Air Rights (writ-large) Thread

bigeman312

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Is anything planned for the block between Surface, Lincoln, South Station Connector and Kneeland in Chinatown?
 

F-Line to Dudley

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Is anything planned for the block between Surface, Lincoln, South Station Connector and Kneeland in Chinatown?
Not that I'm aware of, but that's a hard parcel to try and deck over because Lincoln and Surface are on inclines and the 93 portal retaining walls are at different levels from each other: http://goo.gl/maps/VLFtX. Not a bad candidate for a small park or adding another tennis court or complementary basketball court to the tennis court on the other side of Lincoln, but that parcel screams "not worth the effort" for going tall with the slant and how difficult the retaining wall cover-over is.

Hudson St. can get the entire Kneeland-SS Connector block filled in, though. That's got a nice amount of open space to put a bunch of medium-size buildings on.
 

George_Apley

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Would the CR need to be dropped down at all for decking? I'd assume it would be decked at least to Beacon Street if not to Wilson Sq.

Also, if the GL was brought to Porter, it would need to duck under the CR right? Make Porter three-level. I assume then if it was ever continued to Watertown/Waltham, it would emerge somewhere after the Walden Street bridge.

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Aside from Porter, the parcels along the NEC and the Orange Line stations are screaming for TOD, air-rights or not.
 

novitiate

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Inspired by the Deck the Pike Extension thread, for other ugly gashes around town that need to be covered and clothed. . .

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Exhibit A: http://goo.gl/maps/jCzLq
As long as even Porter Sq. itself is a sea of parking spaces, I don't really expect this land to be worth developing on... I guess maybe if the deck was built as part of a Union-Porter extension of GLX?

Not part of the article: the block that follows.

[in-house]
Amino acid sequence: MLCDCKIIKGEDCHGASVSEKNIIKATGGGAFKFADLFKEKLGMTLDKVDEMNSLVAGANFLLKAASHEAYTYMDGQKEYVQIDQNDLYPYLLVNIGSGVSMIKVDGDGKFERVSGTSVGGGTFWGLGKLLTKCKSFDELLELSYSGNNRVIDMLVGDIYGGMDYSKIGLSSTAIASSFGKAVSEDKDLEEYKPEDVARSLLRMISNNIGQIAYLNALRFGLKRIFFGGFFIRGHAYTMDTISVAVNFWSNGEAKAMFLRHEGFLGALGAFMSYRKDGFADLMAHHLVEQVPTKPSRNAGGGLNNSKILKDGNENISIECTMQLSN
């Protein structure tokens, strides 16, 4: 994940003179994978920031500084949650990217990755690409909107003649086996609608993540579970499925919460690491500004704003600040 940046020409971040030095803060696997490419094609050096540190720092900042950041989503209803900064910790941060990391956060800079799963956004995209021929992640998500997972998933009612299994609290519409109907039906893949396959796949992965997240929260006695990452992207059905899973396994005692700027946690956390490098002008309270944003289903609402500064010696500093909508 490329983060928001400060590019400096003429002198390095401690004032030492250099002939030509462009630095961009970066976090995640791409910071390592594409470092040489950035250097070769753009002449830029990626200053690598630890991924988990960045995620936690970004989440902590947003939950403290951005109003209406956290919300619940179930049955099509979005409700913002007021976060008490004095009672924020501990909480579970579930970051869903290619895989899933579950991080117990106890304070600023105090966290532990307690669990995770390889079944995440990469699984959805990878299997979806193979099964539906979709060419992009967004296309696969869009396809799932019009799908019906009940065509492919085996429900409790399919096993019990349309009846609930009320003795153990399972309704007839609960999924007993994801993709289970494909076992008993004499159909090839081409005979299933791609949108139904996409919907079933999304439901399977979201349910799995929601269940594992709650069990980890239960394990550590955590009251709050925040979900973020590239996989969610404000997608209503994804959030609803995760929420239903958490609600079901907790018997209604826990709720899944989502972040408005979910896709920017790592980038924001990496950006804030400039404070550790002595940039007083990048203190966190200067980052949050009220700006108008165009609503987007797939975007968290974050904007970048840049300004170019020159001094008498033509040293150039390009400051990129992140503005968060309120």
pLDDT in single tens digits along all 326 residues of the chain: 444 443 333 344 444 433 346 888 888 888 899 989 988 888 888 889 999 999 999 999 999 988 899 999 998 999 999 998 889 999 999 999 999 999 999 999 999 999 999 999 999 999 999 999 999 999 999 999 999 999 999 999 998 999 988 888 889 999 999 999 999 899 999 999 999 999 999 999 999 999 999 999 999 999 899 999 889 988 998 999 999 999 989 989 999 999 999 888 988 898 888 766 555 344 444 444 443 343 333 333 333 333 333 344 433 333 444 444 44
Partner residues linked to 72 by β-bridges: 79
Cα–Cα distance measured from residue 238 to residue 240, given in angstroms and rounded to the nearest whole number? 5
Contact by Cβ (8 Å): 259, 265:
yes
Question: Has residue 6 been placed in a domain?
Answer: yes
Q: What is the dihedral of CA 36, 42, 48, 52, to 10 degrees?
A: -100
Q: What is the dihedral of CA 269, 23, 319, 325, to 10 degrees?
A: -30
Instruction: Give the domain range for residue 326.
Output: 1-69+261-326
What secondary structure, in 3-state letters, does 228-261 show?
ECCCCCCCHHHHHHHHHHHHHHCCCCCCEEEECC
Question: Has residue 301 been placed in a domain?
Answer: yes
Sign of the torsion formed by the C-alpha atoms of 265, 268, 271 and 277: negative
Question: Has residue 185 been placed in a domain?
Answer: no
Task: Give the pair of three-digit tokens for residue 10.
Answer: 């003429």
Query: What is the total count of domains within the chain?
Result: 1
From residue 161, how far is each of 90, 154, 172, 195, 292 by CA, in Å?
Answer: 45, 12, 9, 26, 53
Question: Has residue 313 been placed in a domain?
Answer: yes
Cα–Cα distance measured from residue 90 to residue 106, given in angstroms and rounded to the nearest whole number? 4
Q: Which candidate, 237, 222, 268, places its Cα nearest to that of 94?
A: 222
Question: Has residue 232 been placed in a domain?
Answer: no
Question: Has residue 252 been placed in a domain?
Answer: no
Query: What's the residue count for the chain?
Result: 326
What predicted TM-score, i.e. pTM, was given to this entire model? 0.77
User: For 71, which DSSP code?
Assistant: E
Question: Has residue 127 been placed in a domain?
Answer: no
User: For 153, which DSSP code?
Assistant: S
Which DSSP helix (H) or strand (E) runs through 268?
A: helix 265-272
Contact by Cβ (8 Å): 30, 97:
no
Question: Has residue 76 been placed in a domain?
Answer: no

George_Apley

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As long as even Porter Sq. itself is a sea of parking spaces, I don't really expect this land to be worth developing on... I guess maybe if the deck was built as part of a Union-Porter extension of GLX?
Most of that land is part of Lesley's IMP. I think that the only way that RoW will be decked is as part of just the sort of extension you describe.
 

F-Line to Dudley

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Would the CR need to be dropped down at all for decking? I'd assume it would be decked at least to Beacon Street if not to Wilson Sq.

Also, if the GL was brought to Porter, it would need to duck under the CR right? Make Porter three-level. I assume then if it was ever continued to Watertown/Waltham, it would emerge somewhere after the Walden Street bridge.

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Aside from Porter, the parcels along the NEC and the Orange Line stations are screaming for TOD, air-rights or not.
Cambridge and Somerville have wasted no time studying this and holding community meetings:
http://www.somervillema.gov/sites/default/files/TRA-MBTA-AirRights06-13-2011.pdf
http://www.somervillema.gov/departments/ospcd/planning-and-zoning/porter-square,
http://www.utiledesign.com/projects/porter-square-air-rights/.

Note on the architectural firm's analysis they proposed setting the first floors of any buildings a few feet above street level to ensure proper clearances if the trackbed can't be dropped. They're intent on doin' this thing when they can get a state commitment for it. And of course GLX to Porter is an official long-term advocacy for STEP. So I wouldn't be surprised if they pitch a combined build as the quickest and most bang-for-buck way of getting this done.


As for how and where...the retaining wall disappears at the end of the car wash property and the Fitchburg Line returns back to ground level. So Wilson Sq. and the Elm intersection is the furthest possible extent of the decking. With the Beacon overpass the 'safe' fallback if Wilson's too big a reach. The Fitchburg trackbed was already undercut in this area once in the early 1980's. Freights used to have to divert at Alewife over the Freight Cutoff line that ran on what's now the Community Path because the Fitchburg bridges starting at Mass Ave. were way too low to clear the top of a freight train. When the Freight Cutoff went away during Red Line construction they raised bridges and did a lot of trackbed undercutting to get proper clearances the rest of the way inbound. You can see an earthen embankment appear on the retaining wall at the far edge of the Porter platform down to the Beacon St. bridge where the trackbed was dropped a good 4 feet: http://goo.gl/maps/VFrwM. Another embankment appears approaching the Dane St. overpass. All of this was done one track at a time without any disruption to service, so there are no underground obstructions or utilities to relocate. Plus solid bedrock in this part of town and a Red Line that's more than 100 ft. below ground.